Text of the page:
Indiana National Guard to Help Afghan Farmers
New Guard unit will try to nudge farmers to crops other than opium poppies
By Eric Berman
64 Indiana National Guard members head for Afghanistan in December to help Afghan farmers grow something instead of opium poppies.
Afghanistan's poppy fields are a cornerstone of both the country's economy and the international drug trade. Indiana is one of five states assembling Guard units with agricultural experience to help wean farmers off poppies and help them find alternatives.
"Going in there and eradicating poppies (means) they can't feed their families, and we create an enemy while we're trying to create a friend," says Indiana Adjutant General Martin Umbarger.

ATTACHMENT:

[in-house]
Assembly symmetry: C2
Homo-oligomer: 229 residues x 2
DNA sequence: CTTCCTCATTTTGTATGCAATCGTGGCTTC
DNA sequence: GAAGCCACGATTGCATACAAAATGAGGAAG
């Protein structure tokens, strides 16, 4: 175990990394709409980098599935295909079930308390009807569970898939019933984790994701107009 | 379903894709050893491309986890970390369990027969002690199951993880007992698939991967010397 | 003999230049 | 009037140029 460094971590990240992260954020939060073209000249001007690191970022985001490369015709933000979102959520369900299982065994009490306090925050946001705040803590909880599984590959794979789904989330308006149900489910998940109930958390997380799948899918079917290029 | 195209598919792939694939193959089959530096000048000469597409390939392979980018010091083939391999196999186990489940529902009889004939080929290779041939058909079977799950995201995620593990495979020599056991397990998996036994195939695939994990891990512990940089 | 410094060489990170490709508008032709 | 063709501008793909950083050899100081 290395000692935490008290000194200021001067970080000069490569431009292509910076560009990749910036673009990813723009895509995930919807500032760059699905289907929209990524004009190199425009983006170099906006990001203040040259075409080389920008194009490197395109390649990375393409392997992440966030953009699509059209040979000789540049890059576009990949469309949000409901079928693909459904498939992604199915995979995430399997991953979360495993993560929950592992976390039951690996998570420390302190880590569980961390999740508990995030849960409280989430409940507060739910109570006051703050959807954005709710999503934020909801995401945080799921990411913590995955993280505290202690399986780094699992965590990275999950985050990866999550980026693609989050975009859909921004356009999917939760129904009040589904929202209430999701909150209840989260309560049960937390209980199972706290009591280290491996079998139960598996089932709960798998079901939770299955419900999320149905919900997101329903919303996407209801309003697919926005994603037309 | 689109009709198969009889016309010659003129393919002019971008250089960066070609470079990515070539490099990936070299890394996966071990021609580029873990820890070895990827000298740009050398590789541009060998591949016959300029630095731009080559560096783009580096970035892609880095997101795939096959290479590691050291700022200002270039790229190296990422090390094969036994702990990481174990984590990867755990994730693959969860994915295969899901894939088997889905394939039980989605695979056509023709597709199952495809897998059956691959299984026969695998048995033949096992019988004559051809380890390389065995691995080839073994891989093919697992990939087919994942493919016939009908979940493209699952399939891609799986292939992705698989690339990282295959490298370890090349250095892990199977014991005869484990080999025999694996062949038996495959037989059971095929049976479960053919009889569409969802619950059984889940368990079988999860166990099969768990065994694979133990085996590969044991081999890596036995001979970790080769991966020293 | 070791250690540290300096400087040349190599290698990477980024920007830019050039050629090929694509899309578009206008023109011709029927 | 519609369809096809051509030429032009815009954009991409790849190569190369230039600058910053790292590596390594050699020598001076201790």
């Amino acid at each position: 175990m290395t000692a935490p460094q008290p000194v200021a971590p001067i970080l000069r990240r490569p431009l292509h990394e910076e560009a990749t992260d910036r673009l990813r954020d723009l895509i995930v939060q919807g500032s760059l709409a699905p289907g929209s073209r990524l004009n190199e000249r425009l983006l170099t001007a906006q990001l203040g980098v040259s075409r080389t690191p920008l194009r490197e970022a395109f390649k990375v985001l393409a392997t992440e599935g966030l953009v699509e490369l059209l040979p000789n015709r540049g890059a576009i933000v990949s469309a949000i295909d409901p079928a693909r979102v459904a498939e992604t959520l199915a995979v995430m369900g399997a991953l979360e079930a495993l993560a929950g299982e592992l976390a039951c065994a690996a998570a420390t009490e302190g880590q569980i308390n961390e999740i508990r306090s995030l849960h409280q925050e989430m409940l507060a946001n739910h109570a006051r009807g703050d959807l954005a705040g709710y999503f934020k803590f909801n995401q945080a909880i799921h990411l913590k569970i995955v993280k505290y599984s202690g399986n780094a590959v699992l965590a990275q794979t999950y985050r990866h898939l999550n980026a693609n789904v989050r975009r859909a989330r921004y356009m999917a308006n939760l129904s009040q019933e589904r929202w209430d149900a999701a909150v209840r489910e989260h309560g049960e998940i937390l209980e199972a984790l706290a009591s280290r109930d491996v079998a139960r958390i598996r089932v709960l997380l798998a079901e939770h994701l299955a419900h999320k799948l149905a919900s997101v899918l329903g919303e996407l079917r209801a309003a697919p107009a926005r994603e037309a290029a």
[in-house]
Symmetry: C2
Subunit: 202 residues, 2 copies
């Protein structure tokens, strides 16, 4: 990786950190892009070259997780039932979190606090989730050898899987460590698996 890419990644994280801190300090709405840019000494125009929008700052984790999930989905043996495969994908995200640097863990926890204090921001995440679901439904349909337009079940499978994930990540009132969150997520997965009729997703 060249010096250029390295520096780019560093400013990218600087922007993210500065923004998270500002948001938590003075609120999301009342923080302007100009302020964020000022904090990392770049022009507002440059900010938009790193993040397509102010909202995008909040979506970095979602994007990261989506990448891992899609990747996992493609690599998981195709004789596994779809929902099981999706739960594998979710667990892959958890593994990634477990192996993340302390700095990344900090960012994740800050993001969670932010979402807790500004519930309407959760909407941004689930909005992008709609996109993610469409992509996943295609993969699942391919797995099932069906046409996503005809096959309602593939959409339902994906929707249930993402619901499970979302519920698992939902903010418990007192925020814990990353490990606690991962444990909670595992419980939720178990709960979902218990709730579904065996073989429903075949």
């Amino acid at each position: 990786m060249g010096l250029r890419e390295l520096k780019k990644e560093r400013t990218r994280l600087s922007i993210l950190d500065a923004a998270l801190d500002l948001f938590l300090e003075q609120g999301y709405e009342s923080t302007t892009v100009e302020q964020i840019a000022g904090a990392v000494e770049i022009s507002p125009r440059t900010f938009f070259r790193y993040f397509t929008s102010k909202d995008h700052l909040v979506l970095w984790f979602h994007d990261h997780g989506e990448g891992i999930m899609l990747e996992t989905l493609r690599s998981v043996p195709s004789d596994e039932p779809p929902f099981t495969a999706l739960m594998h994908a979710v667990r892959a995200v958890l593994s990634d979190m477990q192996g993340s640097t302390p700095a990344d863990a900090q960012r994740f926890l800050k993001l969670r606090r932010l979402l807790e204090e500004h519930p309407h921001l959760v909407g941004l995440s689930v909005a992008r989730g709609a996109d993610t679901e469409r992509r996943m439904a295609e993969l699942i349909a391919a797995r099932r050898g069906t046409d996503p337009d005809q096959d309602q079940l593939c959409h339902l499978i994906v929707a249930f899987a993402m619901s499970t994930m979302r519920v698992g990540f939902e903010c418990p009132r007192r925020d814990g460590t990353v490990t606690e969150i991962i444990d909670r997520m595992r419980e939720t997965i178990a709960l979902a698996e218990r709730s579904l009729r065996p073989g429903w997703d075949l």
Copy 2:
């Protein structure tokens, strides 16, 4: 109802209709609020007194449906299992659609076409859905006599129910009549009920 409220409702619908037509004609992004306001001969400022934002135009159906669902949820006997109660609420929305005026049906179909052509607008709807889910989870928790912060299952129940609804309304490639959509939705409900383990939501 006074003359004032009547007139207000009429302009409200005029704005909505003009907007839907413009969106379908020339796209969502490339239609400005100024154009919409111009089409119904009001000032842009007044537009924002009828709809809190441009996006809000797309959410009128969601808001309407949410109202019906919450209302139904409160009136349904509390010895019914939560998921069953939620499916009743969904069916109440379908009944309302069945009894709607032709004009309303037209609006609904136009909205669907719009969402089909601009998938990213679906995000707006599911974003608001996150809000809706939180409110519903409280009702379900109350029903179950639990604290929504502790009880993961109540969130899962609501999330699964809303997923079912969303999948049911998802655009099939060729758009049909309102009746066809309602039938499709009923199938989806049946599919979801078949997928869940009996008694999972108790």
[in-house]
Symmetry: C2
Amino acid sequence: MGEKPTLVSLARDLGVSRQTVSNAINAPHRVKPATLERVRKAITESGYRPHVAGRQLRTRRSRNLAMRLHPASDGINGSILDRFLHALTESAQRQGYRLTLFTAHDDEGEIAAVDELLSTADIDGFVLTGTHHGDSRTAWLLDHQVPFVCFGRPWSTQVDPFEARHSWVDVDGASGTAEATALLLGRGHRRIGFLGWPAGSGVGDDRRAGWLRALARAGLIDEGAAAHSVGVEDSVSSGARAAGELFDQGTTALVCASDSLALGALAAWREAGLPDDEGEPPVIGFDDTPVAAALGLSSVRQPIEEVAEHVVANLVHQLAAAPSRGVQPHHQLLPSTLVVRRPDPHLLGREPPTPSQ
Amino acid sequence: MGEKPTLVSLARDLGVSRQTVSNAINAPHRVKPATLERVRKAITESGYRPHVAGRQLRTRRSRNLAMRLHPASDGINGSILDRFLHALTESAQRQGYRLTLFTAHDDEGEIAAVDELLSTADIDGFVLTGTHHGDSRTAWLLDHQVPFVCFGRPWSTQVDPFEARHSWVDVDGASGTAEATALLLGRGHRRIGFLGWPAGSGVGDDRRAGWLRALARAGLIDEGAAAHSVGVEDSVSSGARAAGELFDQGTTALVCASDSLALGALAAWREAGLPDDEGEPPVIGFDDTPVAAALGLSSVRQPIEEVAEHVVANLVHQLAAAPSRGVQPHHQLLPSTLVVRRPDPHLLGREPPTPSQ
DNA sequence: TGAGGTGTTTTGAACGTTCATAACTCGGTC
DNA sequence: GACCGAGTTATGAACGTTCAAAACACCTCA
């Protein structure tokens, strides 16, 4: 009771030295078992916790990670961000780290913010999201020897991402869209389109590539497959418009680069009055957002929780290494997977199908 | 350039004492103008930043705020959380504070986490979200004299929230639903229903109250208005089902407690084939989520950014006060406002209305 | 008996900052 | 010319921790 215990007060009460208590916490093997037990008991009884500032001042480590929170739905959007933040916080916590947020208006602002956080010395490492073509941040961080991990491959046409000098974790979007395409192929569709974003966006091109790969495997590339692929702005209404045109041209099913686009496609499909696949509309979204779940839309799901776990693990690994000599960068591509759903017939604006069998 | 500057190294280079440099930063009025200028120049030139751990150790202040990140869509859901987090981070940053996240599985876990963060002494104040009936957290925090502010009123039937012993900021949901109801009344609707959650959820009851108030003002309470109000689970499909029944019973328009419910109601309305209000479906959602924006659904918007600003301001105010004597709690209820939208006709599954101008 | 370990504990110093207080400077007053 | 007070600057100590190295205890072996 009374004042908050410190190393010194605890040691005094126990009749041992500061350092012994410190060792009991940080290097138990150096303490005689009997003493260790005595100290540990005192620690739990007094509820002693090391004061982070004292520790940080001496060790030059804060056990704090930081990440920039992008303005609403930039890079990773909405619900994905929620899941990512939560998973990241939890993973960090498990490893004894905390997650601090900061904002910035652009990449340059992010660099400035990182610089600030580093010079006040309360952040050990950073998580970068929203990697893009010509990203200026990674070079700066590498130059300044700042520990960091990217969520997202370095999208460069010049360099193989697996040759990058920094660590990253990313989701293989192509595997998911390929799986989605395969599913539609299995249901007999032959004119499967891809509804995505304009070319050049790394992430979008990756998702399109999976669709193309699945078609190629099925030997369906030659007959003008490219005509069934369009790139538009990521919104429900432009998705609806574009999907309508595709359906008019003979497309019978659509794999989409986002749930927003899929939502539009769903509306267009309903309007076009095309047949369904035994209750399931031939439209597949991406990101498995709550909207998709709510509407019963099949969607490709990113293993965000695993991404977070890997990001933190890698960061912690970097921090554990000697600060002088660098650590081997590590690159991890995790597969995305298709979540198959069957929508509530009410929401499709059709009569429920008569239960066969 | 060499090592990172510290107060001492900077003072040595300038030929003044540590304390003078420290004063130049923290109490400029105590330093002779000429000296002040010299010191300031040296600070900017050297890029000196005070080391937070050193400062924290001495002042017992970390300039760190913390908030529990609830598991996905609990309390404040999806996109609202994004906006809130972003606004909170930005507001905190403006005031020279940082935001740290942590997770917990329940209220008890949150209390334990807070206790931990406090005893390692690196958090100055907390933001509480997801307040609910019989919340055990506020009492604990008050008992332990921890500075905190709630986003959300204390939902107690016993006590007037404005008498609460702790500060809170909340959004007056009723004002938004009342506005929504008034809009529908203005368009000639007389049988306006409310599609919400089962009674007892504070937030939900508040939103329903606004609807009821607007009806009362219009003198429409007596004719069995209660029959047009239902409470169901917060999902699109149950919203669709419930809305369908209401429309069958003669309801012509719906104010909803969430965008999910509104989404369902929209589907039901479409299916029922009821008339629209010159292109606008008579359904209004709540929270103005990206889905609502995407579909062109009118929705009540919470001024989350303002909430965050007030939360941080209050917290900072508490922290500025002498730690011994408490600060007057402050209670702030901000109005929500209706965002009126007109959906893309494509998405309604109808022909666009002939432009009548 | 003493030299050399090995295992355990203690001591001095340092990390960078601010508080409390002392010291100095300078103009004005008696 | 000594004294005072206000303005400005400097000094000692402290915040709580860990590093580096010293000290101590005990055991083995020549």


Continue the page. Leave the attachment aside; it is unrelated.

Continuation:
Instead, he says, "agribusiness development teams" from Indiana, Kansas, Texas, Tennessee and Missouri will assist farmers with tasks from soil science to pest management.
Umbarger says Afghanistan had productive farms until the Soviet invasion nearly 30 years ago. He says the Indiana team will stay for a year, then give way to a fresh group of Indiana Guard members.
The Indiana troops will be stationed in Khost province, just across the border from Pakistan. 35 of the 64 troops will be in charge of security for the rest of the unit.